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Truss to do ‘whatever necessary’ to get Aiden Aslin and Shaun Pinner released

Foreign Secretary Liz Truss is working to secure the release of Britons Aiden Aslin and Shaun Pinner (Victoria Jones/PA)
Foreign Secretary Liz Truss is working to secure the release of Britons Aiden Aslin and Shaun Pinner (Victoria Jones/PA)

Foreign Secretary Liz Truss has assured she will do “whatever is necessary” to secure the release of two Britons sentenced to death for fighting Russian forces in Ukraine.

She told the families of Aiden Aslin and Shaun Pinner the Government is “working flat out” to secure their release after their “sham” trial by a pro-Moscow proxy.

But Ms Truss was also forced to defend her previous support for Britons going to fight alongside the Ukrainian army, contrary to Foreign Office advice.

The Cabinet minister has held talks with Ukrainian foreign minister Dmytro Kuleba, amid suggestions a prisoner swap could be negotiated.

She told BBC Radio 4’s Today programme: “I will do whatever is necessary to secure their release.

“I’ve assured the families I will do what is most effective to secure their release and I’m not going to go into our strategy live on air.”

Chatham House session
Liz Truss has been in contact with Ukrainian Foreign Minister Dmytro Kuleba (Chatham House/PA)

She did not rule out negotiating directly with the self-proclaimed Donetsk People’s Republic that handed the sentences to the two men who were fighting for the Ukrainian army.

But she said the “best route” to their release is dealing with Kyiv, adding: “I can’t go into my discussions with the Ukrainians but I can assure the families we’re working flat out on this.”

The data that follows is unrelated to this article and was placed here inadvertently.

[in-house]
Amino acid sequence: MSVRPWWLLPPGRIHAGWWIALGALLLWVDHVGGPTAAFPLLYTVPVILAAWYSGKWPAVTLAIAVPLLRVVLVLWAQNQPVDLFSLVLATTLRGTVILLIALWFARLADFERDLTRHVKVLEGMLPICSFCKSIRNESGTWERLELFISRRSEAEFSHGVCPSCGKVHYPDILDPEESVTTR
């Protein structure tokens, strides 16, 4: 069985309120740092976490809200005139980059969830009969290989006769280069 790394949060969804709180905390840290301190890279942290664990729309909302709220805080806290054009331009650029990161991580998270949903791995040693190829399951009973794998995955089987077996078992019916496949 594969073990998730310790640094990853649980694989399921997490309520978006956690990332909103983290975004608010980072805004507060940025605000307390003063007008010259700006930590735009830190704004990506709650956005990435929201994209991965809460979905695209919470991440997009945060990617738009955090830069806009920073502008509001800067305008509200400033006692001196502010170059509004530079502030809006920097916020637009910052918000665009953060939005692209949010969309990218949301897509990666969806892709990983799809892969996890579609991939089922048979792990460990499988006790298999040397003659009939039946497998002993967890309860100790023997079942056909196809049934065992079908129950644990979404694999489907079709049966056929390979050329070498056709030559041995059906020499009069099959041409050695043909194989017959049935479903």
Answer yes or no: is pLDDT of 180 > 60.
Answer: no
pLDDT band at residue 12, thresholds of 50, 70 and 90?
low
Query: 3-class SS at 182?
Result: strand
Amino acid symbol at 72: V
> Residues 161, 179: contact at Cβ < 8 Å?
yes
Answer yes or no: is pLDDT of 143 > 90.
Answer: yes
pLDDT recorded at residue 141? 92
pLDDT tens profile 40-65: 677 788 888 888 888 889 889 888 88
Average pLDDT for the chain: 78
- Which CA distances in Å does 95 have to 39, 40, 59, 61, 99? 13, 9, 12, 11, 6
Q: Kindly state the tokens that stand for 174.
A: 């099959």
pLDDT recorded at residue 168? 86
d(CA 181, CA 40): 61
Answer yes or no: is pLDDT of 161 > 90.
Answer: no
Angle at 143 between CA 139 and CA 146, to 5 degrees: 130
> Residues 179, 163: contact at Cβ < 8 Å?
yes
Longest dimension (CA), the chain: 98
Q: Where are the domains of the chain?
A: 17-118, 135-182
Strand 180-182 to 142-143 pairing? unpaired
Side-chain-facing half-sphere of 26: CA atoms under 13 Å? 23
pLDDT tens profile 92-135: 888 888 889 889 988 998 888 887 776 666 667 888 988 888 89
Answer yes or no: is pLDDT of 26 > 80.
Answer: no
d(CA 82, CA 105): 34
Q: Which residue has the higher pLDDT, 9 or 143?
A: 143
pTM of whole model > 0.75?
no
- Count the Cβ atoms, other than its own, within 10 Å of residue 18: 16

The Russians were holding Mr Aslin, 28, originally from Newark in Nottinghamshire, and Mr Pinner, 48, from Bedfordshire while claiming they are foreign “mercenaries”.

But Britain and their families argue they were legitimate members of the Ukrainian army who accordingly should be treated as prisoners of war under the Geneva Convention.

The two men have lived in Ukraine since before the invasion.

Ms Truss faced questioning for indicating in February, shortly after the Russian invasion of Ukraine began, that she backed British nationals going to fight with Kyiv’s defending forces.

She had told BBC’s Sunday Morning programme it “is something people can make their own decisions about”.

“Absolutely, if people want to support that struggle I would support them in doing that,” she added.

But other ministers did not back the idea, with Defence Secretary Ben Wallace said there were “better ways” for Britons to help.

Russian invasion of Ukraine
Defence Secretary Ben Wallace said there are better ways for Britons to help Ukraine than travelling there to fight with its defence forces (Dominic Lipinski/PA)

The official Foreign Office advice for Britons was also warning against all travel to Ukraine.

On Tuesday, Ms Truss defended her previous remarks, saying: “We’ve always been clear that our travel advice is not to go to Ukraine and I was clear about that at the time.”

Reminded of her prior remarks, she insisted: “What I said though, is I also said the travel advice is not to go to Ukraine.”

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